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Black Swans of the Same Feather – Sage Commentary on Recent Market Volatility

The market moves in recent weeks have been nothing short of unprecedented. We seem to be experiencing multiple rare and unpredictable events simultaneously. The following is a recap of key events and our observations thus far.

A recap of last week through Monday, March 9:

  • COVID-19 concerns have grown given its spread to an increasing number of countries. The disease has now reached more than half of the countries in the world, including the U.S. This has been a major concern, and markets have priced in a hit to economic growth both from private sector demand and more uniquely, supply-side shock, as supply-chain disruptions in Asia and now the U.S. will result in a further hit to global growth. In its most recent report, the OECD revised its 2020 global growth rate assumption down to 2.4% from an already low 3% given concerns around COVID-19. The rate could fall as low as 1.5%, according to the OECD’s outlook.
  • A strong policy stimulus response was expected, and the Fed made the first move, with an emergency 50 bps rate cut on March 3. However, given that the current situation largely involves an unpredictable viral outbreak that is truly an external shock, lowering the cost of money did not have the same effect as in prior slowdowns since the 2008 crisis. In the coming weeks, the world’s major central banks and governments are expected to inject additional monetary and fiscal stimulus into the economy to combat any potential slowdown. The ECB is expected to ease policy further, either by cutting rates and/or making asset purchases on March 12, and the Fed is expected to follow suit with further rate cuts on March 18. On the fiscal side, affected countries could provide fiscal stimulus to their respective private sectors through the form of tax cuts or direct relief to affected industries – similar to what China has done over the past month for its domestic business sector.
  • In addition to the COVID-19 shock, tensions between Russia and Saudi Arabia have escalated into an all-out oil price war. In response to a breakdown in OPEC/Russia talks last week, on Saturday, Saudi Arabia announced massive discounts to its official oil selling prices and indicated that it was increasing production above the typical 10 million barrels per day. The fear of an oil price war resulted in a 25% selloff in crude oil during yesterday’s trading session – the second worst day for WTI crude on record. The selloff sent shockwaves through global markets, as any commodity-linked asset class or sector priced in an additional hit to growth on top of slowing activity from COVID-19.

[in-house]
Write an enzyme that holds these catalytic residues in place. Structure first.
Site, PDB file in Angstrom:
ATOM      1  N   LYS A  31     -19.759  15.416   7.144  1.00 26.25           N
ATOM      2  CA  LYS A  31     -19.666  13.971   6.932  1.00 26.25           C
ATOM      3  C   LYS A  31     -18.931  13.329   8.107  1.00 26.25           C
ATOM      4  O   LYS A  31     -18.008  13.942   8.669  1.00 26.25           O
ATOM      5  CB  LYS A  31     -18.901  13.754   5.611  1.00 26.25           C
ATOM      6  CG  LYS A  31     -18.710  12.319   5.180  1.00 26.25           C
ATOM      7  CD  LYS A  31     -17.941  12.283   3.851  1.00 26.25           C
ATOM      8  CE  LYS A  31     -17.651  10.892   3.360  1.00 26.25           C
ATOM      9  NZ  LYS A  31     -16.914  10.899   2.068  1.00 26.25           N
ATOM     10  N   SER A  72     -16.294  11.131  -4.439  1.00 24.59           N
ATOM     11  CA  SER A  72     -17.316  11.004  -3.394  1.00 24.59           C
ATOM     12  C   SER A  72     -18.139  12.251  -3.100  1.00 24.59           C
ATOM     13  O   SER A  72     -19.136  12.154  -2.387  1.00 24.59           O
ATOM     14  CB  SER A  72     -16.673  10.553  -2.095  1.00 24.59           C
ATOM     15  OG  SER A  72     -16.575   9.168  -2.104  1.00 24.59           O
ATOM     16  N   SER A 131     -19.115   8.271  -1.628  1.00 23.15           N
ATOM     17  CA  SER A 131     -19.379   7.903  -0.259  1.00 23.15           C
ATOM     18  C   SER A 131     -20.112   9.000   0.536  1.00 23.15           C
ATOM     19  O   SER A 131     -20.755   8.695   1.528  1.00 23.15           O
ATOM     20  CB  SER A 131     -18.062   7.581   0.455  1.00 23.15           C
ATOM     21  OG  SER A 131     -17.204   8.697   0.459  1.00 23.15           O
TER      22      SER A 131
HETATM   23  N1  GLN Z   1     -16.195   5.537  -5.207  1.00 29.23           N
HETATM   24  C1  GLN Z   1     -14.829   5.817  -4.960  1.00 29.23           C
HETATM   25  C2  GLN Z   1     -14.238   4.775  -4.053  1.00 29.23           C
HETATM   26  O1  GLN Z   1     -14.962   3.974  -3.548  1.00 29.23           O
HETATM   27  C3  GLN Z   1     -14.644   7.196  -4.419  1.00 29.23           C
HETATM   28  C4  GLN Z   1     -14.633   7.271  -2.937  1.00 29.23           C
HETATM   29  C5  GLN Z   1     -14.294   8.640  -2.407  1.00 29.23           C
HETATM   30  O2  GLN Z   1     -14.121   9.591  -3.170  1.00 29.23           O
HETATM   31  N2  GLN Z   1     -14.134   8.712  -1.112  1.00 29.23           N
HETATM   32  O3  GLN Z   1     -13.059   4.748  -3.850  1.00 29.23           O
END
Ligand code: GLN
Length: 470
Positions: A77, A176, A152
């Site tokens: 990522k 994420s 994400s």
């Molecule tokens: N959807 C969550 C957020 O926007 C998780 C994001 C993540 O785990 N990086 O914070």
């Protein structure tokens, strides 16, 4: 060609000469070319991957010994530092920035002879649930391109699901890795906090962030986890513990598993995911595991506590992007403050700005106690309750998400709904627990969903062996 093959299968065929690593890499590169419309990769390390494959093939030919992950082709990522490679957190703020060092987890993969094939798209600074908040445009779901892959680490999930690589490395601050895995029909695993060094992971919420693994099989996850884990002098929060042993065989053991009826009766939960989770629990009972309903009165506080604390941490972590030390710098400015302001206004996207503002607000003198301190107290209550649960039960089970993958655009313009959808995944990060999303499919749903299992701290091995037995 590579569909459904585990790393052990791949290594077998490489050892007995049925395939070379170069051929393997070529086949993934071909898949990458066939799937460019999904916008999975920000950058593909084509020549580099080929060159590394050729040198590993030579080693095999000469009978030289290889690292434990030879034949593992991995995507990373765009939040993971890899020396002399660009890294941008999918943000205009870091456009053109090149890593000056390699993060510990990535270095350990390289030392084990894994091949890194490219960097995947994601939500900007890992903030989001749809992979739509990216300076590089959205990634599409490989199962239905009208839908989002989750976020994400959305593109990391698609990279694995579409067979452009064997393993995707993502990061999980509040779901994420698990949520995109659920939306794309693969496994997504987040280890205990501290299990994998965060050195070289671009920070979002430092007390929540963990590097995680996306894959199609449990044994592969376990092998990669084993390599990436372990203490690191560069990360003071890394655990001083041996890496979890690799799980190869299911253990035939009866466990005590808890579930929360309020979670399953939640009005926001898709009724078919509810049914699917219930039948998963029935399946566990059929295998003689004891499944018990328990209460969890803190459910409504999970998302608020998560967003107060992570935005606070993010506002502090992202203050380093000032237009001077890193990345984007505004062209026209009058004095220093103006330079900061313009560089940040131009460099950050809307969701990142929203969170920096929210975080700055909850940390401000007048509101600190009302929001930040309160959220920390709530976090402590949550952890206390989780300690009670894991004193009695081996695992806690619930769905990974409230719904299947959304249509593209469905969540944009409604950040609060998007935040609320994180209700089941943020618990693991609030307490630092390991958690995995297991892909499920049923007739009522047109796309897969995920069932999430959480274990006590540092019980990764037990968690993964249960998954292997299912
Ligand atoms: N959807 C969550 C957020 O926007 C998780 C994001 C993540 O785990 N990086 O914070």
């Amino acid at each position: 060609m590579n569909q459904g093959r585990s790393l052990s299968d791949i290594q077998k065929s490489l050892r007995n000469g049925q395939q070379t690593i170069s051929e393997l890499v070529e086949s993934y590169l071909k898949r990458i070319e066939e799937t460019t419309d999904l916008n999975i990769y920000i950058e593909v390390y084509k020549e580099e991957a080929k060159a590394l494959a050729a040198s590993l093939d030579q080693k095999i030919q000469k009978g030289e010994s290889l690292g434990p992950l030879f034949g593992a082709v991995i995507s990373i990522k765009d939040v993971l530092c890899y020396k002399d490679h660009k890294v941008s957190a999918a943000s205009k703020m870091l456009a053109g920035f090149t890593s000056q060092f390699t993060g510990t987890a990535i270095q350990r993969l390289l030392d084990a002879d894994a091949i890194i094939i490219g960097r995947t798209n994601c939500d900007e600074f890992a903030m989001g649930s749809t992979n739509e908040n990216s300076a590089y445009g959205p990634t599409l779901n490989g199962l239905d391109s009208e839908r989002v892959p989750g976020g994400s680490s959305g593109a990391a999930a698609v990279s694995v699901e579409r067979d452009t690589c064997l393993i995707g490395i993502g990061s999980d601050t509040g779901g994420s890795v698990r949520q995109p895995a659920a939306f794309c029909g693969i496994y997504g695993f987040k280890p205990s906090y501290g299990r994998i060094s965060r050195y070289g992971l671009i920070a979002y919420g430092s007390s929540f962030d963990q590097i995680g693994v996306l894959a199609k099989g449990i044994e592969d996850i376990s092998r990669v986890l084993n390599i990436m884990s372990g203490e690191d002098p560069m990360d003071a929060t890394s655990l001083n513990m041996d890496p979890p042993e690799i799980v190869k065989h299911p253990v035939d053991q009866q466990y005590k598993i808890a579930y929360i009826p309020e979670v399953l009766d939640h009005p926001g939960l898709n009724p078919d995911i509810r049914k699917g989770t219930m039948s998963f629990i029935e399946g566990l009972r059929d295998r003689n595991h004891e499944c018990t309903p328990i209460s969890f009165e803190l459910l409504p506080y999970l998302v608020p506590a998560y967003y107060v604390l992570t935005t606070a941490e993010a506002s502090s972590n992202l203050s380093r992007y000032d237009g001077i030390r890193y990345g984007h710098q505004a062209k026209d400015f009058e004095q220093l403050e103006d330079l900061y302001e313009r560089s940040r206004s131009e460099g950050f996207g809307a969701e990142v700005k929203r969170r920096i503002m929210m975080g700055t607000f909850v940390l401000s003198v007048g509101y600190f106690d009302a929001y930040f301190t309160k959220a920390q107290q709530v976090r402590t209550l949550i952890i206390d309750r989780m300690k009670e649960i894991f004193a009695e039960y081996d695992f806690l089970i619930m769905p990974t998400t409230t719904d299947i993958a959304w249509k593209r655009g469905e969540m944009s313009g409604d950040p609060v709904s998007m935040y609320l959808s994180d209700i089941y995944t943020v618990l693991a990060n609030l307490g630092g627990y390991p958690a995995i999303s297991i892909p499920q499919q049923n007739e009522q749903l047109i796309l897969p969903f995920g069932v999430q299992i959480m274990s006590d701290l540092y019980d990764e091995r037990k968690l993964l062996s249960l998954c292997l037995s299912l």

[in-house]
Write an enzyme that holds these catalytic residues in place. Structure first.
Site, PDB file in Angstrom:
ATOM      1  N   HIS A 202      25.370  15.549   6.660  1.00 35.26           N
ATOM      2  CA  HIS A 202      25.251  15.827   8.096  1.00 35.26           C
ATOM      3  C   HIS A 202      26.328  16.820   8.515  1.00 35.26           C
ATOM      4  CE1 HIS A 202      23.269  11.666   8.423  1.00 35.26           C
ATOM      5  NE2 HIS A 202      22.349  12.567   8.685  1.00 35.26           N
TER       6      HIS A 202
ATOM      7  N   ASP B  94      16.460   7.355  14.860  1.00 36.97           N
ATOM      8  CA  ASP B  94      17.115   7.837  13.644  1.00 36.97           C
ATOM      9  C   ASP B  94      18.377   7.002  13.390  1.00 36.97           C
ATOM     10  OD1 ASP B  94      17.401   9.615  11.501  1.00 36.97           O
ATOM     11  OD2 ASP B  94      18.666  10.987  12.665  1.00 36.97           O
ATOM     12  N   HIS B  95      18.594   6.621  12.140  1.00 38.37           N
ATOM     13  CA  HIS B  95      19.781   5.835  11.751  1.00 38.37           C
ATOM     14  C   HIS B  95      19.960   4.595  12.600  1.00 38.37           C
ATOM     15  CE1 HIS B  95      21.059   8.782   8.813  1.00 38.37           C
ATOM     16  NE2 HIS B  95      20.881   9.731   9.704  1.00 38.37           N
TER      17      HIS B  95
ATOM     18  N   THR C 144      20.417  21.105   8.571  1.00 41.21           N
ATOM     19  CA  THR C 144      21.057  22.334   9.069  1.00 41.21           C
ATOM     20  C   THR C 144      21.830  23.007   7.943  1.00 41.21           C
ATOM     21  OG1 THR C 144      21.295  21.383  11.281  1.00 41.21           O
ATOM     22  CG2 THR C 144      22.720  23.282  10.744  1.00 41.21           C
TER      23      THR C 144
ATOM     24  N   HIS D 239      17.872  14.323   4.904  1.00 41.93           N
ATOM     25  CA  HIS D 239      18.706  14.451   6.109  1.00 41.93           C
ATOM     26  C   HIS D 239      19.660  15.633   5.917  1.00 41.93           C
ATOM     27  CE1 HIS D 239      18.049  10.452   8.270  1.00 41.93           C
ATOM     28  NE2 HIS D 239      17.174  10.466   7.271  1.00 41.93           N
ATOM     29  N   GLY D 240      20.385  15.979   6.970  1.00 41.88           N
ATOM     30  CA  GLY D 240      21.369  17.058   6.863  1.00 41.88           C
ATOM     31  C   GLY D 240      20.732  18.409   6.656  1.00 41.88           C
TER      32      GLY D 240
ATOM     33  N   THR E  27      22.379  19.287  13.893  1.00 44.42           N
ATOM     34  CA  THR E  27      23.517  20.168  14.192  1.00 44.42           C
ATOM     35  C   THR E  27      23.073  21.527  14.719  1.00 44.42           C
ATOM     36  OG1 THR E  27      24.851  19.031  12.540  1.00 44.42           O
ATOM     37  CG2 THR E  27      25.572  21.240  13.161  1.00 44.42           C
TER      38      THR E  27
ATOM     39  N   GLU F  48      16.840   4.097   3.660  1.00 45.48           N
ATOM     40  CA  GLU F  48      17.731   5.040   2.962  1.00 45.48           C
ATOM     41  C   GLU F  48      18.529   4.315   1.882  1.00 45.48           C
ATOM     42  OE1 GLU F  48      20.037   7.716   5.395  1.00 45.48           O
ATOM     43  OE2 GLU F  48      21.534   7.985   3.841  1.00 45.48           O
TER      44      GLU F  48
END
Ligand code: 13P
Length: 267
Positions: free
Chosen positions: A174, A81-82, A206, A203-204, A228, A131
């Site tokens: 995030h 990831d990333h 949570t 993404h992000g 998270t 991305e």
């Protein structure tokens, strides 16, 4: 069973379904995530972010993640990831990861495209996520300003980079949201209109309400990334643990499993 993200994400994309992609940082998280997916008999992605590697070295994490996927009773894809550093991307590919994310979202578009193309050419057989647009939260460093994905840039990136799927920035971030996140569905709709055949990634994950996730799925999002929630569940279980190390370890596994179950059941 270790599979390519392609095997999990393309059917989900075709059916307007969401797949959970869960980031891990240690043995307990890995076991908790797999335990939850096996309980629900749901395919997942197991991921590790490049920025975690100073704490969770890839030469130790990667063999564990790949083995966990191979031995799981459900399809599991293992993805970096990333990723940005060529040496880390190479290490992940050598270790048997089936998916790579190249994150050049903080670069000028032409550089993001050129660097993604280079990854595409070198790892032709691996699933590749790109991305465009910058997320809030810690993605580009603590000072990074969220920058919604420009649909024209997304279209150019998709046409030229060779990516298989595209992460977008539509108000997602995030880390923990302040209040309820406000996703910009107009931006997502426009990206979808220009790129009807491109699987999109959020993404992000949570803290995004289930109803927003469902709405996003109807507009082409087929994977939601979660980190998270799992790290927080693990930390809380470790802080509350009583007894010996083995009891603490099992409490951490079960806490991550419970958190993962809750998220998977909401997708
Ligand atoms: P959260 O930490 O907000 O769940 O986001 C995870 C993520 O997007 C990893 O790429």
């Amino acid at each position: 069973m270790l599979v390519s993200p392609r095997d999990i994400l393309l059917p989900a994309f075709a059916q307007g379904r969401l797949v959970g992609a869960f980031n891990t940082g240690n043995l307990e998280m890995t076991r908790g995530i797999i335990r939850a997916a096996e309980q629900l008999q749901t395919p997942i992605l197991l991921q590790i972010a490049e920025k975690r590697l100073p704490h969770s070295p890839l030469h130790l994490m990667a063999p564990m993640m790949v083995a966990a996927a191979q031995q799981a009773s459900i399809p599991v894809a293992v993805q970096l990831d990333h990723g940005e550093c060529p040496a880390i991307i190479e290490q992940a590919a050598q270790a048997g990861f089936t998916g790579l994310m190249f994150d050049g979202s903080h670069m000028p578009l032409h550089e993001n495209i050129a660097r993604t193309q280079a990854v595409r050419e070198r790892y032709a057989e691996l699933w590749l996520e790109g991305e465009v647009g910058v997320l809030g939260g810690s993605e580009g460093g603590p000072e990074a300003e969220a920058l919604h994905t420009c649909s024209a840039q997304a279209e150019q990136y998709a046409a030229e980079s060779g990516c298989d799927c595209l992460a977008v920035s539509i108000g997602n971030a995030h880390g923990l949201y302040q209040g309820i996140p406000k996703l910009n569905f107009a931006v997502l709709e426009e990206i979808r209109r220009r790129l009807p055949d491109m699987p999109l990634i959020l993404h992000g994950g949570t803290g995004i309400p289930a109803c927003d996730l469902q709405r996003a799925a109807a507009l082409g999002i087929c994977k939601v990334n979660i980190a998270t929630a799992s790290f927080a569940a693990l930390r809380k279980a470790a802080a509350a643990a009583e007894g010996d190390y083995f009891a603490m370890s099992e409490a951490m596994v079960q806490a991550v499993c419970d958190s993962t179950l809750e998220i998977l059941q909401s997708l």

• These events occurred in the context of a market with extremely thin liquidity. Wider bid-ask spreads across all asset classes have amplified market volatility with several extreme +3% up and down days. Currently, the VIX index is trading at 55, the highest at any time since the 2007/2008 crisis.



  • The collapse of Treasury yields – Treasury yields have collapsed to all-time lows as investors continue to flock to safe havens. U.S. Treasury markets are not just pricing in further Fed action, they are pricing in a total “Japanification” of the U.S. economy with long-duration yields trading well below 1% at the start of this week.



  • Widening credit spreads – Credit spreads have widened past 4Q 2018 to near 2016 levels, with the speed of the move catching investors off guard. U.S. credit markets, which before March had been resilient against virus fears, have repriced to reflect a significant economic slowdown over the balance of 2020. Currently, the U.S. high yield sector offers an all-in yield at near 8%, which could prove to be an interesting opportunity if market volatility begins to settle down as a result of positive Covid-19 breakthroughs, government policy actions, and increased investor confidence.